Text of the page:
I finished the backing for L is for Lettering this week. Here it is with just the sewing done:
Part way through the first stage of gluing:
Ready for gluing down the backs of the corner pockets:
I printed the panels —archival pigment prints— and hung them to dry overnight.
Here are some cut and ready for stitching:
When assembled, the main image will be a large letter O in messy brush lettering.
The image looks clear from a distance, blurry from a bit closer, then sharp and detailed from extremely close up.
The red line indicates stitching. I was originally going to do it in black on black so that it would be quite subtle, but I rather like the red line. Now I just have to decide whether the line will be a running stitch or tiny cross stitches.
Each panel will have a letter of the alphabet stitched on it as well —white on a white background, black on black. I did the outlines in a dashed line that I hoped to use as a guide, but I had to scale some of the letters to make them uniform. (Point sizes are consistent, but typefaces are not!) When I converted the solid outline to dashes the spacing was not the same in all the letters. I will have to hand mark the piercing holes for the stitching after all.
If you liked the moveable structure of last week’s DIY Valentine, but would like to draw/write your own, you can now download PDFs for Slider one-up (same size as the original) or Slider two-up (smaller than the original but you get two per page).
The PDFs have the oval cutout, but you could fold the card with the printed side in if you wish to make a different shaped opening in the card front.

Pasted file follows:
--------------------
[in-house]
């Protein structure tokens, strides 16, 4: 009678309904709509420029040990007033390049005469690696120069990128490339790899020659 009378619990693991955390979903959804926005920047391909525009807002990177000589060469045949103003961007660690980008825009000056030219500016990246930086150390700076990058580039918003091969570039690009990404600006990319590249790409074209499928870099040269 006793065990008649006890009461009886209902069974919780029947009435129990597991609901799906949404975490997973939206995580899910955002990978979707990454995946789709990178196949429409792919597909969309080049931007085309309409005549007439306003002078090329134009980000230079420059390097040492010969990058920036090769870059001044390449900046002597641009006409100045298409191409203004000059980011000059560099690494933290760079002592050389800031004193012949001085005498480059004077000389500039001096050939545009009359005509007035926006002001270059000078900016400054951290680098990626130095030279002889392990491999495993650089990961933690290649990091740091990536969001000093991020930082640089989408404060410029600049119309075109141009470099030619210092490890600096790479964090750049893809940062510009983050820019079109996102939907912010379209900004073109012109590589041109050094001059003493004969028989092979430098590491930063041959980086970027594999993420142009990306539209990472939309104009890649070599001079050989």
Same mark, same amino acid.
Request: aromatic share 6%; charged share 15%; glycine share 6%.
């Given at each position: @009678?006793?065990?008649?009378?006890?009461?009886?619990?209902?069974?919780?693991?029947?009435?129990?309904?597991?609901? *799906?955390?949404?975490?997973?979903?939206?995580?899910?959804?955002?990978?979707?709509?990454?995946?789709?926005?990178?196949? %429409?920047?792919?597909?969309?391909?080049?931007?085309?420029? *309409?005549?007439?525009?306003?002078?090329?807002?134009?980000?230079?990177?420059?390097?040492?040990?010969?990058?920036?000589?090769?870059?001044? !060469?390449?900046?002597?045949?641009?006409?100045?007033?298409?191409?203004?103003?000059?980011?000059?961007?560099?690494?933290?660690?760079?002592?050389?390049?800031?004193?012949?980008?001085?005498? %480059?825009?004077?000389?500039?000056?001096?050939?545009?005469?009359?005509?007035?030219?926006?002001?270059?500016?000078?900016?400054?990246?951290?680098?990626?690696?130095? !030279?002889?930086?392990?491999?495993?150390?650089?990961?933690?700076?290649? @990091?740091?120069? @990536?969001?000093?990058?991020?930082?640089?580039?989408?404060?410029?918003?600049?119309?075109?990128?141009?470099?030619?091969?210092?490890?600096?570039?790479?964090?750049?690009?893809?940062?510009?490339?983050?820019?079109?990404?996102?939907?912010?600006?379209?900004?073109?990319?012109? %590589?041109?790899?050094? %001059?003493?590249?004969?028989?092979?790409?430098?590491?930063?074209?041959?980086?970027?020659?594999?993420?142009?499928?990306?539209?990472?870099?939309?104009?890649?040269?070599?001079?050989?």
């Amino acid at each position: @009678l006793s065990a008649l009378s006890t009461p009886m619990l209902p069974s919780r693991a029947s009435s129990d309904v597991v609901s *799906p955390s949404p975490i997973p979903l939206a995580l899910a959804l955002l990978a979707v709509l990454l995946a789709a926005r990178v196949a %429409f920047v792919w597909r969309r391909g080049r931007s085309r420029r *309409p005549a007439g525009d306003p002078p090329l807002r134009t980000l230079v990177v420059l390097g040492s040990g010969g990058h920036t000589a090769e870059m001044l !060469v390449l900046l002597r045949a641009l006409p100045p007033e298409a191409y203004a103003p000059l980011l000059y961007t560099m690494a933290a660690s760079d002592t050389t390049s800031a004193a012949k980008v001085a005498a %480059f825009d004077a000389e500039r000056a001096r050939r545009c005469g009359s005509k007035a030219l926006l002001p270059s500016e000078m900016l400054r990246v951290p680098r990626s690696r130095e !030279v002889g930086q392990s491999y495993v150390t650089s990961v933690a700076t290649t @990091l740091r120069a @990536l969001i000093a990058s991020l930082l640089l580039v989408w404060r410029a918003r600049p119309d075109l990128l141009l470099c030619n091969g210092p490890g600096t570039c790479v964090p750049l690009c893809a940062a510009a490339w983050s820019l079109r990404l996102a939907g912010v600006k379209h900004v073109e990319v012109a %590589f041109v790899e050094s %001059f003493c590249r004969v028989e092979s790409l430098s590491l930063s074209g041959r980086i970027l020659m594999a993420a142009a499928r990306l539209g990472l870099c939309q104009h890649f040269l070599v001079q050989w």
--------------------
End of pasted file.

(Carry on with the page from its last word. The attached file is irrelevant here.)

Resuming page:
In other book arts news:
This may be the best Valentine’s Day book ever created. Pierre Salas, a 16th century French poet, gave the book to Marguerite Bullioud, his future wife. You can read a bit more about it —and see a few images— here and look at images of all the pages here.
The Getty Museum blog the iris has an article that you may want to read. It examines not only European medieval illuminated books, but also contemporary ones from several other parts of the world.
In knitting news:
Claire Garland (AKA dotpebbles) has released a new free pattern. It is a lovely little koala. A donation to an Australian animal charity is requested in return. With the disastrous fires and now the flooding in Australia, many organizations need more funds to deal with the crisis affecting so much wildlife.
If you want to knit the koala, you will find the pattern here, along with many other lovely creatures. Even if you don’t wish to knit the koala, you could think about making a donation anyway. You could send funds to WIRES or to Koala Hospital or to any of the other organizations working to save Australian wildlife.